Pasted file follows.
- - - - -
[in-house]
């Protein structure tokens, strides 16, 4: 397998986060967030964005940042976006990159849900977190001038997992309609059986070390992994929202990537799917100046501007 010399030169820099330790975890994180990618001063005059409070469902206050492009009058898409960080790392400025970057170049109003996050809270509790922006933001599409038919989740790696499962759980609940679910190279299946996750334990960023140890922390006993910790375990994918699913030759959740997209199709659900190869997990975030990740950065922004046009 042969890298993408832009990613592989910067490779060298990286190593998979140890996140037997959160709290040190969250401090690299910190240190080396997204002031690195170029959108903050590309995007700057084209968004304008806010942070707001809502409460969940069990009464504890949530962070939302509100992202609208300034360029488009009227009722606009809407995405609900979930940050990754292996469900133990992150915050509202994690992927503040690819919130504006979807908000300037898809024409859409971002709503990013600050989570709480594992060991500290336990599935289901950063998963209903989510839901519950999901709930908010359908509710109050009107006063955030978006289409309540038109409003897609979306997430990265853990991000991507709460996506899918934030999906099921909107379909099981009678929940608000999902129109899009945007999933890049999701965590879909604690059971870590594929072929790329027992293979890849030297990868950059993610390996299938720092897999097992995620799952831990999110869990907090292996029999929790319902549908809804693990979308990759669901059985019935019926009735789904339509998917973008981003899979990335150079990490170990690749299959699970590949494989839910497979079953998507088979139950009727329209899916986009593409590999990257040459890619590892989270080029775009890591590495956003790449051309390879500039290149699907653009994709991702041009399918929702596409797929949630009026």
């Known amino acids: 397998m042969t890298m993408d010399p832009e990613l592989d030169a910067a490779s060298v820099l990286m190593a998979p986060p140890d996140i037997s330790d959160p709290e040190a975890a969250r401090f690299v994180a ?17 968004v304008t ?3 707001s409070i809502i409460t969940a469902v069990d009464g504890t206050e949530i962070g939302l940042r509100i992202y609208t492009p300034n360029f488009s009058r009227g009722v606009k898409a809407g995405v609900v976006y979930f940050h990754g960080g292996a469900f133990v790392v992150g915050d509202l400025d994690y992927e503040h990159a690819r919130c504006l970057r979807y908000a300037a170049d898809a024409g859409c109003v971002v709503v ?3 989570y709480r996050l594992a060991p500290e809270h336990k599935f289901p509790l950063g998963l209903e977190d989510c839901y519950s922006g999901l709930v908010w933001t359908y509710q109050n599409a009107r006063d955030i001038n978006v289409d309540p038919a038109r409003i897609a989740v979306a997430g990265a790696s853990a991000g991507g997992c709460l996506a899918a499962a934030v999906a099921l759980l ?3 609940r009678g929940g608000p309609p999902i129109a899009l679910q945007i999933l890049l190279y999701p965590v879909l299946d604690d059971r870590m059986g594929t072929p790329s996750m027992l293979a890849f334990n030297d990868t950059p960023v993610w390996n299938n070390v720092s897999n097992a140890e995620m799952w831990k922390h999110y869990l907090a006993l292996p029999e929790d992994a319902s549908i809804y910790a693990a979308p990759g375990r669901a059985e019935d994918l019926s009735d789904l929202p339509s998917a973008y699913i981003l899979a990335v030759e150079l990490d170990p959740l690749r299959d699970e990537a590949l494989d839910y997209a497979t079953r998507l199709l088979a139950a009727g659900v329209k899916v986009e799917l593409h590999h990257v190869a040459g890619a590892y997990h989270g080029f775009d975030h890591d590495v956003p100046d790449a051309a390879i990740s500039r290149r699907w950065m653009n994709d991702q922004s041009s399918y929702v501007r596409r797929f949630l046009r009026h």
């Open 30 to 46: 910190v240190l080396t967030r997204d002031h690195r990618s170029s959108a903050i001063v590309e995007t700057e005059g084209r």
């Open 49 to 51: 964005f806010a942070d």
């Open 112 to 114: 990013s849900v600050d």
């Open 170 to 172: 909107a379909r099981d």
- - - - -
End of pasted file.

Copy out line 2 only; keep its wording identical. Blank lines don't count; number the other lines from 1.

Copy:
């Protein structure tokens, strides 16, 4: 397998986060967030964005940042976006990159849900977190001038997992309609059986070390992994929202990537799917100046501007 010399030169820099330790975890994180990618001063005059409070469902206050492009009058898409960080790392400025970057170049109003996050809270509790922006933001599409038919989740790696499962759980609940679910190279299946996750334990960023140890922390006993910790375990994918699913030759959740997209199709659900190869997990975030990740950065922004046009 042969890298993408832009990613592989910067490779060298990286190593998979140890996140037997959160709290040190969250401090690299910190240190080396997204002031690195170029959108903050590309995007700057084209968004304008806010942070707001809502409460969940069990009464504890949530962070939302509100992202609208300034360029488009009227009722606009809407995405609900979930940050990754292996469900133990992150915050509202994690992927503040690819919130504006979807908000300037898809024409859409971002709503990013600050989570709480594992060991500290336990599935289901950063998963209903989510839901519950999901709930908010359908509710109050009107006063955030978006289409309540038109409003897609979306997430990265853990991000991507709460996506899918934030999906099921909107379909099981009678929940608000999902129109899009945007999933890049999701965590879909604690059971870590594929072929790329027992293979890849030297990868950059993610390996299938720092897999097992995620799952831990999110869990907090292996029999929790319902549908809804693990979308990759669901059985019935019926009735789904339509998917973008981003899979990335150079990490170990690749299959699970590949494989839910497979079953998507088979139950009727329209899916986009593409590999990257040459890619590892989270080029775009890591590495956003790449051309390879500039290149699907653009994709991702041009399918929702596409797929949630009026």